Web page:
Cosma Shalizi

36-402, Undergraduate Advanced Data Analysis, Section A

Spring 2017

Section A
Tuesdays and Thursdays, 10:30--11:50, Wean Hall 7500
Keen-eyed fellow investigators

The goal of this class is to train you in using statistical models to analyze data — as data summaries, as predictive instruments, and as tools for scientific inference. We will build on the theory and applications of the linear model, introduced in 36-401, extending it to more general functional forms, and more general kinds of data, emphasizing the computation-intensive methods introduced since the 1980s. After taking the class, when you're faced with a new data-analysis problem, you should be able to (1) select appropriate methods, (2) use statistical software to implement them, (3) critically evaluate the resulting statistical models, and (4) communicate the results of your analyses to collaborators and to non-statisticians.

During the class, you will do data analyses with existing software, and write your own simple programs to implement and extend key techniques. You will also have to write reports about your analyses.

36-608 In previous years, a small number of well-prepared graduate students from other departments have been allowed to take this course, by registering for it as 36-608. (Graduate students enrolling in 36-402 will be dropped automatically from the roster.) This year, because of the number of undergraduate students needing to take 402, we have no resources to accommodate students wishing to take 608 for a grade. If space is available in the classroom, a few may be allowed to audit the course.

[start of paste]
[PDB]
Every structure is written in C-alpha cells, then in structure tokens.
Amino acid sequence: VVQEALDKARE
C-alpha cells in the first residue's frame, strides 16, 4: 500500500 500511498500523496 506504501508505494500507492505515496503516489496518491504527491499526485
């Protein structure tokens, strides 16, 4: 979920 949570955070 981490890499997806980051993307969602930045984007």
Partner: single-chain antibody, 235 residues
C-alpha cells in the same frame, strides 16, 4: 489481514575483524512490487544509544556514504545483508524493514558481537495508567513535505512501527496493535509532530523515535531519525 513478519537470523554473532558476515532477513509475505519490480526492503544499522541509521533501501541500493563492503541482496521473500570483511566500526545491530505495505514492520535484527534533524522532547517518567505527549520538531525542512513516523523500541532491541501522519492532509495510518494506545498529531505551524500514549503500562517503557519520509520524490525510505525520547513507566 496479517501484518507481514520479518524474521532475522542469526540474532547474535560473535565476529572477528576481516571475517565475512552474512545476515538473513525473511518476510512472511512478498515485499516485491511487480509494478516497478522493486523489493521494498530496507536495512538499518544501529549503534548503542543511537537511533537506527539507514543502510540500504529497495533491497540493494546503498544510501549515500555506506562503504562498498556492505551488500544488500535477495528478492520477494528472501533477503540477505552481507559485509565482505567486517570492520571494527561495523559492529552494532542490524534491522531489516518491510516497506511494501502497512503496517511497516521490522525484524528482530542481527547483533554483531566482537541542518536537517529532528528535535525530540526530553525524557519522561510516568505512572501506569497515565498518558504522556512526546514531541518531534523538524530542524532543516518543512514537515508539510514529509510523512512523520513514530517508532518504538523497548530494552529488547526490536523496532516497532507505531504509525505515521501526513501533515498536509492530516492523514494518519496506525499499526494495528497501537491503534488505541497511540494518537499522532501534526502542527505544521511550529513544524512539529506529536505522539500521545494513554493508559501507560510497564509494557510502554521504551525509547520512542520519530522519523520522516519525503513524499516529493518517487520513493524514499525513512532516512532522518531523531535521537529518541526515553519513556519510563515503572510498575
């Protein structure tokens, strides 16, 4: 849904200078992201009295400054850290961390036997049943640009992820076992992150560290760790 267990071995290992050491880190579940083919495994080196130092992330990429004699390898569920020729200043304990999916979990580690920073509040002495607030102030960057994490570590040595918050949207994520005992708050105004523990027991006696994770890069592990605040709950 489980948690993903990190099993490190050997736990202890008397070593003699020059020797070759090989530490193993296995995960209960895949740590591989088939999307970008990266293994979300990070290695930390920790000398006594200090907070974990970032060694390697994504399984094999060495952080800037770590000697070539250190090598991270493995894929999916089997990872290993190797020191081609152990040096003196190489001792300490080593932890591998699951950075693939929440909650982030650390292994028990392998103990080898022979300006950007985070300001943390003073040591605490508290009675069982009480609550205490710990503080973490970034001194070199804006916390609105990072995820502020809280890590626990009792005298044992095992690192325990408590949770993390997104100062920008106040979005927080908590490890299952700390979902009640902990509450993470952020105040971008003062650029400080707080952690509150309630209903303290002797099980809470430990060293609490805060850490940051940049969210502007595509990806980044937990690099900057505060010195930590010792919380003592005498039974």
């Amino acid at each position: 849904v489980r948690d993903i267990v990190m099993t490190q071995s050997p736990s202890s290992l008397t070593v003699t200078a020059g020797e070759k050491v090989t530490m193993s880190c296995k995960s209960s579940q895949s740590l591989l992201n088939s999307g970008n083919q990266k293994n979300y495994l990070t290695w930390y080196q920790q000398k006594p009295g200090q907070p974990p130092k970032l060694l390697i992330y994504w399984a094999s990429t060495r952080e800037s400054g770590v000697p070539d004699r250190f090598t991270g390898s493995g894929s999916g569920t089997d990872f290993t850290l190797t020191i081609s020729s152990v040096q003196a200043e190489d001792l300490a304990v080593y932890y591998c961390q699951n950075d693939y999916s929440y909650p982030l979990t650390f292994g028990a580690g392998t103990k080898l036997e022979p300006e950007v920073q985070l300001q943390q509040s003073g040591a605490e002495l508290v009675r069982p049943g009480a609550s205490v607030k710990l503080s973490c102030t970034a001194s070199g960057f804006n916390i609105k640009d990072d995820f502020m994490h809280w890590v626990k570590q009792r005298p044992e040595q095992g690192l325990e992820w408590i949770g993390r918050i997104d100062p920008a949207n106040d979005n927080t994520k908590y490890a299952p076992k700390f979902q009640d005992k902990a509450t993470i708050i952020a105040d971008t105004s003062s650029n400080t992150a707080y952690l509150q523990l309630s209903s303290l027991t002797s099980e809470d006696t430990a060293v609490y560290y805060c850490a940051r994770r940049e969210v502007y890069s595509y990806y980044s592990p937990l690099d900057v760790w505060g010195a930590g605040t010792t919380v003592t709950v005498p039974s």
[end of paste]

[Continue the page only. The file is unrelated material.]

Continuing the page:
Section B

This year, there are two sections of 36-402. This syllabus is for Section A, taught by Prof. Shalizi; section B is taught by Prof. Lee. The two sections are completely independent.


36-401, with a grade of C or better. Exceptions are only granted for graduate students in other departments taking 36-608.


Professors Cosma Shalizi cshalizi [at]
Baker Hall 229C
Teaching assistants Mr. Niccolo Dalmasso
Mr. Alan Mishler
Mr. Michael Spece Ibanex
Mr. Lee Richardson


Model evaluation: statistical inference, prediction, and scientific inference; in-sample and out-of-sample errors, generalization and over-fitting, cross-validation; evaluating by simulating; the bootstrap; penalized fitting; mis-specification checks
Yet More Linear Regression: what is regression, really?; what ordinary linear regression actually does; what it cannot do; extensions
Smoothing: kernel smoothing, including local polynomial regression; splines; additive models; kernel density estimation
Generalized linear and additive models: logistic regression; generalized linear models; generalized additive models.
Latent variables and structured data: principal components; factor analysis and latent variables; latent cluster/mixture models; graphical models in general
Causality: graphical causal models; causal inference from randomized experiments; identification of causal effects from observations; estimation of causal effects; discovering causal structure
Dependent data: Markov models for time series without latent variables; hidden Markov models for time series with latent variables; smoothing and modeling for spatial and network data
See the end of this syllabus for the current lecture schedule, subject to revision. Lecture notes will be linked there, as available.

Course Mechanics

Grades will not go away if you avert your eyes (photo by laurent KB on Flickr) Homework will be 50% of the grade, a midterms exam 20%, and the final exam 30%.


You are responsible for all material covered in lecture, whether or not it is in the textbook. If you are unable to attend a particular lecture, arrange to get notes from a classmate. If you have problems coming to lecture, see me.